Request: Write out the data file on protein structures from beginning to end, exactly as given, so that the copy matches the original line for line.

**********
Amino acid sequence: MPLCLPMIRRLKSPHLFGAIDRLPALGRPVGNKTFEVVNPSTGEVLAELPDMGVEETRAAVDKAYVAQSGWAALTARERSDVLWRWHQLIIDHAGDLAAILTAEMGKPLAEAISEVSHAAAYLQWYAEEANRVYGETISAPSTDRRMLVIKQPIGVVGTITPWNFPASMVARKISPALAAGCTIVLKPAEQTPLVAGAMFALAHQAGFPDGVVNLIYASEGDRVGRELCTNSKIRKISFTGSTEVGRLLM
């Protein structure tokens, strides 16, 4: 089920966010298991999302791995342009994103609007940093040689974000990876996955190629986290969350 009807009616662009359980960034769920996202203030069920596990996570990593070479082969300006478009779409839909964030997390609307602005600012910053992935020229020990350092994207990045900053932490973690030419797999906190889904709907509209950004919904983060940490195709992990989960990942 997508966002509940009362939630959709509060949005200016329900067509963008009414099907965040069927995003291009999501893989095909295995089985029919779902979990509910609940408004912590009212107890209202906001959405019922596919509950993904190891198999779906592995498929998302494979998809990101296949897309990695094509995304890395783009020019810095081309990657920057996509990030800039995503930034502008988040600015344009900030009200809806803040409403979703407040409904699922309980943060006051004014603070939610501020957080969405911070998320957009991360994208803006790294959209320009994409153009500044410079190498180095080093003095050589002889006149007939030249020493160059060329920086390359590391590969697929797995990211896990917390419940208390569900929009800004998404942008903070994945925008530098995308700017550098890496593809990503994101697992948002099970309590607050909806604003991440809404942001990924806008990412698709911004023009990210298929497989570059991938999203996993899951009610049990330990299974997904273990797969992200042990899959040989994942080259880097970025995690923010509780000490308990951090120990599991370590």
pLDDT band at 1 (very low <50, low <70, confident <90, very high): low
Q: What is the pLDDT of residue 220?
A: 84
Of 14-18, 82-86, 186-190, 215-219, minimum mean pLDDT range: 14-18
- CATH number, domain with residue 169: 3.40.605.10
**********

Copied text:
Amino acid sequence: MPLCLPMIRRLKSPHLFGAIDRLPALGRPVGNKTFEVVNPSTGEVLAELPDMGVEETRAAVDKAYVAQSGWAALTARERSDVLWRWHQLIIDHAGDLAAILTAEMGKPLAEAISEVSHAAAYLQWYAEEANRVYGETISAPSTDRRMLVIKQPIGVVGTITPWNFPASMVARKISPALAAGCTIVLKPAEQTPLVAGAMFALAHQAGFPDGVVNLIYASEGDRVGRELCTNSKIRKISFTGSTEVGRLLM
């Protein structure tokens, strides 16, 4: 089920966010298991999302791995342009994103609007940093040689974000990876996955190629986290969350 009807009616662009359980960034769920996202203030069920596990996570990593070479082969300006478009779409839909964030997390609307602005600012910053992935020229020990350092994207990045900053932490973690030419797999906190889904709907509209950004919904983060940490195709992990989960990942 997508966002509940009362939630959709509060949005200016329900067509963008009414099907965040069927995003291009999501893989095909295995089985029919779902979990509910609940408004912590009212107890209202906001959405019922596919509950993904190891198999779906592995498929998302494979998809990101296949897309990695094509995304890395783009020019810095081309990657920057996509990030800039995503930034502008988040600015344009900030009200809806803040409403979703407040409904699922309980943060006051004014603070939610501020957080969405911070998320957009991360994208803006790294959209320009994409153009500044410079190498180095080093003095050589002889006149007939030249020493160059060329920086390359590391590969697929797995990211896990917390419940208390569900929009800004998404942008903070994945925008530098995308700017550098890496593809990503994101697992948002099970309590607050909806604003991440809404942001990924806008990412698709911004023009990210298929497989570059991938999203996993899951009610049990330990299974997904273990797969992200042990899959040989994942080259880097970025995690923010509780000490308990951090120990599991370590």
pLDDT band at 1 (very low <50, low <70, confident <90, very high): low
Q: What is the pLDDT of residue 220?
A: 84
Of 14-18, 82-86, 186-190, 215-219, minimum mean pLDDT range: 14-18
- CATH number, domain with residue 169: 3.40.605.10